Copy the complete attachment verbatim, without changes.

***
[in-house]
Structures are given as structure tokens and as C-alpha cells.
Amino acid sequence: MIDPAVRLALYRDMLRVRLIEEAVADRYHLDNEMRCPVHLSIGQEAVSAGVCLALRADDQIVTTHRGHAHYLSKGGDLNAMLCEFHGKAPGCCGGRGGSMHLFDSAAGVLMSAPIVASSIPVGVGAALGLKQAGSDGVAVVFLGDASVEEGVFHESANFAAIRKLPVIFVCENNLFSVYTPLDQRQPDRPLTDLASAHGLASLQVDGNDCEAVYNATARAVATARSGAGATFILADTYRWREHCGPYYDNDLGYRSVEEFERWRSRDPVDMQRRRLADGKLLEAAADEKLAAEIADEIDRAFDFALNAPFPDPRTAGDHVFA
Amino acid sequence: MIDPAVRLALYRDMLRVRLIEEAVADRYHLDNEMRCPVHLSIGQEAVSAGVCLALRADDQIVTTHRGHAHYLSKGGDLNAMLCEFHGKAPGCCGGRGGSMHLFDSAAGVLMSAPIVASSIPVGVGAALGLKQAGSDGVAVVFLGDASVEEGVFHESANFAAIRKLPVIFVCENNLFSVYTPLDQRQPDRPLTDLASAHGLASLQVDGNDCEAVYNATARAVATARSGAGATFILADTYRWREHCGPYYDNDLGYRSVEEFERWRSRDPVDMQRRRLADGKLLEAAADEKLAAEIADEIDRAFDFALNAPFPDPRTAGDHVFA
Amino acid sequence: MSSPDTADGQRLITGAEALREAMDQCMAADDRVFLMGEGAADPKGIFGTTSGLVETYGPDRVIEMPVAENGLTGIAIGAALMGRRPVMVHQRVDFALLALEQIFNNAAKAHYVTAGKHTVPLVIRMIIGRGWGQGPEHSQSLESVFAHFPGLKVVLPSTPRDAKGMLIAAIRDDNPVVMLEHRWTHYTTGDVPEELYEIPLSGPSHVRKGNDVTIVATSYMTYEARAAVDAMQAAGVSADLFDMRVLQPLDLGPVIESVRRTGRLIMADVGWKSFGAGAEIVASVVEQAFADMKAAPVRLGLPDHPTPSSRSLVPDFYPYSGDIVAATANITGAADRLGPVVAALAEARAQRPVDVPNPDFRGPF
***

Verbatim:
[in-house]
Structures are given as structure tokens and as C-alpha cells.
Amino acid sequence: MIDPAVRLALYRDMLRVRLIEEAVADRYHLDNEMRCPVHLSIGQEAVSAGVCLALRADDQIVTTHRGHAHYLSKGGDLNAMLCEFHGKAPGCCGGRGGSMHLFDSAAGVLMSAPIVASSIPVGVGAALGLKQAGSDGVAVVFLGDASVEEGVFHESANFAAIRKLPVIFVCENNLFSVYTPLDQRQPDRPLTDLASAHGLASLQVDGNDCEAVYNATARAVATARSGAGATFILADTYRWREHCGPYYDNDLGYRSVEEFERWRSRDPVDMQRRRLADGKLLEAAADEKLAAEIADEIDRAFDFALNAPFPDPRTAGDHVFA
Amino acid sequence: MIDPAVRLALYRDMLRVRLIEEAVADRYHLDNEMRCPVHLSIGQEAVSAGVCLALRADDQIVTTHRGHAHYLSKGGDLNAMLCEFHGKAPGCCGGRGGSMHLFDSAAGVLMSAPIVASSIPVGVGAALGLKQAGSDGVAVVFLGDASVEEGVFHESANFAAIRKLPVIFVCENNLFSVYTPLDQRQPDRPLTDLASAHGLASLQVDGNDCEAVYNATARAVATARSGAGATFILADTYRWREHCGPYYDNDLGYRSVEEFERWRSRDPVDMQRRRLADGKLLEAAADEKLAAEIADEIDRAFDFALNAPFPDPRTAGDHVFA
Amino acid sequence: MSSPDTADGQRLITGAEALREAMDQCMAADDRVFLMGEGAADPKGIFGTTSGLVETYGPDRVIEMPVAENGLTGIAIGAALMGRRPVMVHQRVDFALLALEQIFNNAAKAHYVTAGKHTVPLVIRMIIGRGWGQGPEHSQSLESVFAHFPGLKVVLPSTPRDAKGMLIAAIRDDNPVVMLEHRWTHYTTGDVPEELYEIPLSGPSHVRKGNDVTIVATSYMTYEARAAVDAMQAAGVSADLFDMRVLQPLDLGPVIESVRRTGRLIMADVGWKSFGAGAEIVASVVEQAFADMKAAPVRLGLPDHPTPSSRSLVPDFYPYSGDIVAATANITGAADRLGPVVAALAEARAQRPVDVPNPDFRGPF